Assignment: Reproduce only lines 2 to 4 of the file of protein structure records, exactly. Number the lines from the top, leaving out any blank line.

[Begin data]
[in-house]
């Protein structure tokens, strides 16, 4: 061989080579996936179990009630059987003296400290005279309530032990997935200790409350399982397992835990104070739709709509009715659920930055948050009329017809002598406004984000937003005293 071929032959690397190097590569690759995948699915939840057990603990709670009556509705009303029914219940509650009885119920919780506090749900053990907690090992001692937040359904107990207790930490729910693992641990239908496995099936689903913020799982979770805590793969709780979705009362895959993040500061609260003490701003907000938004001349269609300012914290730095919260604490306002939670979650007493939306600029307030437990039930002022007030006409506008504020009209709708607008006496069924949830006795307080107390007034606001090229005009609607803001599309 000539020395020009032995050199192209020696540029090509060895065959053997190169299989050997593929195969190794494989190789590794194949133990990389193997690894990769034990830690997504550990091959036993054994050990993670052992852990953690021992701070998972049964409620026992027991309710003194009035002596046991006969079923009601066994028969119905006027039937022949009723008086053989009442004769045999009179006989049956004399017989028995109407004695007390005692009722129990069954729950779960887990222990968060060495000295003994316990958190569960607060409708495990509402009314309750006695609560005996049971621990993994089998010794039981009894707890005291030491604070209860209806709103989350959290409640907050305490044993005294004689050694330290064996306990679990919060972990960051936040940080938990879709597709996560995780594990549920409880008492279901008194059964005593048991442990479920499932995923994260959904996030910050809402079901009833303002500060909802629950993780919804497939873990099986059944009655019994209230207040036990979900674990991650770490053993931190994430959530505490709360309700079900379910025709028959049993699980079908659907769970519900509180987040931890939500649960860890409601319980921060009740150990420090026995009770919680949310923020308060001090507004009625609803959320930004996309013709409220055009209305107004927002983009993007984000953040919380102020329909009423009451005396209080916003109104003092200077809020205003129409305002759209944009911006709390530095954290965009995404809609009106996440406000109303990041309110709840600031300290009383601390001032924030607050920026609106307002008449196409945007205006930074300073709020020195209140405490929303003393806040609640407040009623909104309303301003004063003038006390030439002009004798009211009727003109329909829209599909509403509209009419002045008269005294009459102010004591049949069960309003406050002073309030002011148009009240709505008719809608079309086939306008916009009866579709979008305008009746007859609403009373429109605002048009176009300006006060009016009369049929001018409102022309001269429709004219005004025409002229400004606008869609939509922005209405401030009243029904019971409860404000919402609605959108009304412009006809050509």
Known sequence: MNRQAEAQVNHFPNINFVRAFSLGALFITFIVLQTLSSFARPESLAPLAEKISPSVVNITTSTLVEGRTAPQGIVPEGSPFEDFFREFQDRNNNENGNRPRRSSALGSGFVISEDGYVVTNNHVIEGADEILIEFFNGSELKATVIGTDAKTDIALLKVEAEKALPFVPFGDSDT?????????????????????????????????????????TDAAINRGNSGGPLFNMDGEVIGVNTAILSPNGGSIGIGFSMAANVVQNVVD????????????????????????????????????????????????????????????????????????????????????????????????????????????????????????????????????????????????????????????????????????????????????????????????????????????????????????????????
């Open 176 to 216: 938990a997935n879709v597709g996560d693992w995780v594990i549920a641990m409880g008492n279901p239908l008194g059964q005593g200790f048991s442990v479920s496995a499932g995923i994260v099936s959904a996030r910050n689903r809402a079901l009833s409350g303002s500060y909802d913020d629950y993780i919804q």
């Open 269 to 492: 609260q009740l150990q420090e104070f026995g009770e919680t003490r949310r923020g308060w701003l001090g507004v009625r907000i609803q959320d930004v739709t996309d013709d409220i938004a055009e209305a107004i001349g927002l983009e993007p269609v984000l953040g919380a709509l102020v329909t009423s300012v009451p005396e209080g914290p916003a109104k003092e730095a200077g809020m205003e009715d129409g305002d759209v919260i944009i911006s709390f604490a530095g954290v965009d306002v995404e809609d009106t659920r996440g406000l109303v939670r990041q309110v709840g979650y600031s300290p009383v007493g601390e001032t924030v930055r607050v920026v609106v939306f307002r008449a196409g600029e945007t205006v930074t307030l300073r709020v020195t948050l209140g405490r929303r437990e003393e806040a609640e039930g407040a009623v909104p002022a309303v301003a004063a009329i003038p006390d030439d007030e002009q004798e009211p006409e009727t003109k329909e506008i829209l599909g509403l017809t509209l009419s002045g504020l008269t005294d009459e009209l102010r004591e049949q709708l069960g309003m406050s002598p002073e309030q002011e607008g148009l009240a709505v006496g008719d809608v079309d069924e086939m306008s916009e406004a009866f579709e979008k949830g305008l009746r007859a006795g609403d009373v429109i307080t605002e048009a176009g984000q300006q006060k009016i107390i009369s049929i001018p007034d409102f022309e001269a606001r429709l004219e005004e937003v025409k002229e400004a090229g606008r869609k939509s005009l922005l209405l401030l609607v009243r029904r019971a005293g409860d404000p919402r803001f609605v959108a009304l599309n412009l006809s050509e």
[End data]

């Protein structure tokens, strides 16, 4: 061989080579996936179990009630059987003296400290005279309530032990997935200790409350399982397992835990104070739709709509009715659920930055948050009329017809002598406004984000937003005293 071929032959690397190097590569690759995948699915939840057990603990709670009556509705009303029914219940509650009885119920919780506090749900053990907690090992001692937040359904107990207790930490729910693992641990239908496995099936689903913020799982979770805590793969709780979705009362895959993040500061609260003490701003907000938004001349269609300012914290730095919260604490306002939670979650007493939306600029307030437990039930002022007030006409506008504020009209709708607008006496069924949830006795307080107390007034606001090229005009609607803001599309 000539020395020009032995050199192209020696540029090509060895065959053997190169299989050997593929195969190794494989190789590794194949133990990389193997690894990769034990830690997504550990091959036993054994050990993670052992852990953690021992701070998972049964409620026992027991309710003194009035002596046991006969079923009601066994028969119905006027039937022949009723008086053989009442004769045999009179006989049956004399017989028995109407004695007390005692009722129990069954729950779960887990222990968060060495000295003994316990958190569960607060409708495990509402009314309750006695609560005996049971621990993994089998010794039981009894707890005291030491604070209860209806709103989350959290409640907050305490044993005294004689050694330290064996306990679990919060972990960051936040940080938990879709597709996560995780594990549920409880008492279901008194059964005593048991442990479920499932995923994260959904996030910050809402079901009833303002500060909802629950993780919804497939873990099986059944009655019994209230207040036990979900674990991650770490053993931190994430959530505490709360309700079900379910025709028959049993699980079908659907769970519900509180987040931890939500649960860890409601319980921060009740150990420090026995009770919680949310923020308060001090507004009625609803959320930004996309013709409220055009209305107004927002983009993007984000953040919380102020329909009423009451005396209080916003109104003092200077809020205003129409305002759209944009911006709390530095954290965009995404809609009106996440406000109303990041309110709840600031300290009383601390001032924030607050920026609106307002008449196409945007205006930074300073709020020195209140405490929303003393806040609640407040009623909104309303301003004063003038006390030439002009004798009211009727003109329909829209599909509403509209009419002045008269005294009459102010004591049949069960309003406050002073309030002011148009009240709505008719809608079309086939306008916009009866579709979008305008009746007859609403009373429109605002048009176009300006006060009016009369049929001018409102022309001269429709004219005004025409002229400004606008869609939509922005209405401030009243029904019971409860404000919402609605959108009304412009006809050509």
Known sequence: MNRQAEAQVNHFPNINFVRAFSLGALFITFIVLQTLSSFARPESLAPLAEKISPSVVNITTSTLVEGRTAPQGIVPEGSPFEDFFREFQDRNNNENGNRPRRSSALGSGFVISEDGYVVTNNHVIEGADEILIEFFNGSELKATVIGTDAKTDIALLKVEAEKALPFVPFGDSDT?????????????????????????????????????????TDAAINRGNSGGPLFNMDGEVIGVNTAILSPNGGSIGIGFSMAANVVQNVVD????????????????????????????????????????????????????????????????????????????????????????????????????????????????????????????????????????????????????????????????????????????????????????????????????????????????????????????????
């Open 176 to 216: 938990a997935n879709v597709g996560d693992w995780v594990i549920a641990m409880g008492n279901p239908l008194g059964q005593g200790f048991s442990v479920s496995a499932g995923i994260v099936s959904a996030r910050n689903r809402a079901l009833s409350g303002s500060y909802d913020d629950y993780i919804q």